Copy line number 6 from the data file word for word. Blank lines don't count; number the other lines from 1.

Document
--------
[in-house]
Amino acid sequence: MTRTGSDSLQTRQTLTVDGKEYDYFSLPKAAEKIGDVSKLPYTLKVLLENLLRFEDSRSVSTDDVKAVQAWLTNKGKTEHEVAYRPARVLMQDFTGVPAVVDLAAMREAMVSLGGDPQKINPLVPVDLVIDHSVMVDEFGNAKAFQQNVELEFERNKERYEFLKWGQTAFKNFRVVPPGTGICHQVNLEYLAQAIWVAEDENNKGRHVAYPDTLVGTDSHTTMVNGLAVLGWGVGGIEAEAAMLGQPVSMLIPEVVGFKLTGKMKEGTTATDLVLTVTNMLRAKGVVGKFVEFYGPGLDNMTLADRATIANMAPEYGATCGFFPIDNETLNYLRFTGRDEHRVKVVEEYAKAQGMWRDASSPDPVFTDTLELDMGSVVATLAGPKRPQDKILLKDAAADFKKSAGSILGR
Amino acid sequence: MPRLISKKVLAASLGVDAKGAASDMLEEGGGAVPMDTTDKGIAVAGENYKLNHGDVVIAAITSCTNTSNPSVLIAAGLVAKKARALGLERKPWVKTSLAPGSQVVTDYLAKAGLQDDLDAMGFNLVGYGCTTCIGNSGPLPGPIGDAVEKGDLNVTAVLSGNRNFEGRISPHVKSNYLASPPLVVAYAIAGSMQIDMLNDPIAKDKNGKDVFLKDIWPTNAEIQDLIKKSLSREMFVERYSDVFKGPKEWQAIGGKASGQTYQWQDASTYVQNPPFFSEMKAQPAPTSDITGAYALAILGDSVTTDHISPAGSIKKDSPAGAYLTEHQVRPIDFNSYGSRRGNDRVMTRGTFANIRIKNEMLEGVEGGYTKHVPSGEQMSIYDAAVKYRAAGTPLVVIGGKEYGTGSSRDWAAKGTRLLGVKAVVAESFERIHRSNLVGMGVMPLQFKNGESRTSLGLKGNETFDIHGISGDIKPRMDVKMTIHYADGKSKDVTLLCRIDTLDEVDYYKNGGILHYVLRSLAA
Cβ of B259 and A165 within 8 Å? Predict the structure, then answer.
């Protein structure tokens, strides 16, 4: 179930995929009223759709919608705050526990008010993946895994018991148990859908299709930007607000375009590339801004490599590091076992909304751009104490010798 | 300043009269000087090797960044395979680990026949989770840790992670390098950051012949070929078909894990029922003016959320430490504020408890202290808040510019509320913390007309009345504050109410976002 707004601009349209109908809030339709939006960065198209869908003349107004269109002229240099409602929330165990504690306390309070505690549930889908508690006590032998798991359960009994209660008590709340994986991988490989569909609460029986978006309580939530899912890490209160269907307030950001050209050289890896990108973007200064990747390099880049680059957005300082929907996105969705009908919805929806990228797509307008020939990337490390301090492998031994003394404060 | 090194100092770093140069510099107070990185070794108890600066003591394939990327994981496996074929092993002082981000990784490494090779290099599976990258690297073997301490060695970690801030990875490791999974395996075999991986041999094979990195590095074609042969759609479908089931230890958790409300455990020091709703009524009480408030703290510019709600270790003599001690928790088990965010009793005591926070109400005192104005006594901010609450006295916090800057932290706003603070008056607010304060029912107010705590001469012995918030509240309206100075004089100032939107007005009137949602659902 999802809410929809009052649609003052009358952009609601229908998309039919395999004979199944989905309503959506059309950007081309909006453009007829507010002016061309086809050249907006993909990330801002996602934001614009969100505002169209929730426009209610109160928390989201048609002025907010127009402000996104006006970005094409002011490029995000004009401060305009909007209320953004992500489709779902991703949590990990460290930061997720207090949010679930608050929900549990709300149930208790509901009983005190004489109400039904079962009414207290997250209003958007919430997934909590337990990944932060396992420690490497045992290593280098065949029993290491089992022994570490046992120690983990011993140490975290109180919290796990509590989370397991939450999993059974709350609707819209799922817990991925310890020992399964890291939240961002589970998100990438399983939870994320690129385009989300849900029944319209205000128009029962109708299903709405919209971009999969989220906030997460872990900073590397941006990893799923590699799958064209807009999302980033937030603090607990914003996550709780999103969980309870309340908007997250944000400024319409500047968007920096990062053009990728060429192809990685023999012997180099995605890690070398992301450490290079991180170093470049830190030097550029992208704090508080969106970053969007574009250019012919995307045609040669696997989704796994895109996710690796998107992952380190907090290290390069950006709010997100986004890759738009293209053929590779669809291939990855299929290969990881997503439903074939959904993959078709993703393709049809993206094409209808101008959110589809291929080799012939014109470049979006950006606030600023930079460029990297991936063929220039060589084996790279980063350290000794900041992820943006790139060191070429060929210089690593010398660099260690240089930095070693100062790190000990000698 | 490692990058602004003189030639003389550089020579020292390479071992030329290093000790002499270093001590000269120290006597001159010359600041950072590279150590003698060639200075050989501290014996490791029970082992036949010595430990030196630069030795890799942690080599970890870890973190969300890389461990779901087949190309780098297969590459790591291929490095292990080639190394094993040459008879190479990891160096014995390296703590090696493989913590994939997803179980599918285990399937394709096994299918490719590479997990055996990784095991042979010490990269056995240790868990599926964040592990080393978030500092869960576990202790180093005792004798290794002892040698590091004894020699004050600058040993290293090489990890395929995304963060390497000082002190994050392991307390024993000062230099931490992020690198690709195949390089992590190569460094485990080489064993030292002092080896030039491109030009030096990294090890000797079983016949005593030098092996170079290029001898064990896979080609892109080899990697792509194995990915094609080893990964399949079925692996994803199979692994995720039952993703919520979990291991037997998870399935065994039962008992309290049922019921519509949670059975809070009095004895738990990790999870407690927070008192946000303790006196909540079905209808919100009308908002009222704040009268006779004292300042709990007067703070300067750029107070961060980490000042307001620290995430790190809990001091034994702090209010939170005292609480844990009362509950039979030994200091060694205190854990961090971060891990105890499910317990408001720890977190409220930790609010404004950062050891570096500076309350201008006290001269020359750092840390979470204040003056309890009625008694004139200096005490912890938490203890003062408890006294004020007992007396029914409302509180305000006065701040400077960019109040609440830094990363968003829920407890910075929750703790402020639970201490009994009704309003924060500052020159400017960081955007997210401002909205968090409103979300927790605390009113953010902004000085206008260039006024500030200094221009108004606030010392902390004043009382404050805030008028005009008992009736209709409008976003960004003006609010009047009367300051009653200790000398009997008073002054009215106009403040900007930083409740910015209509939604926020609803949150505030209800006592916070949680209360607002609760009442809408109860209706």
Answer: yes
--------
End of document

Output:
Answer: yes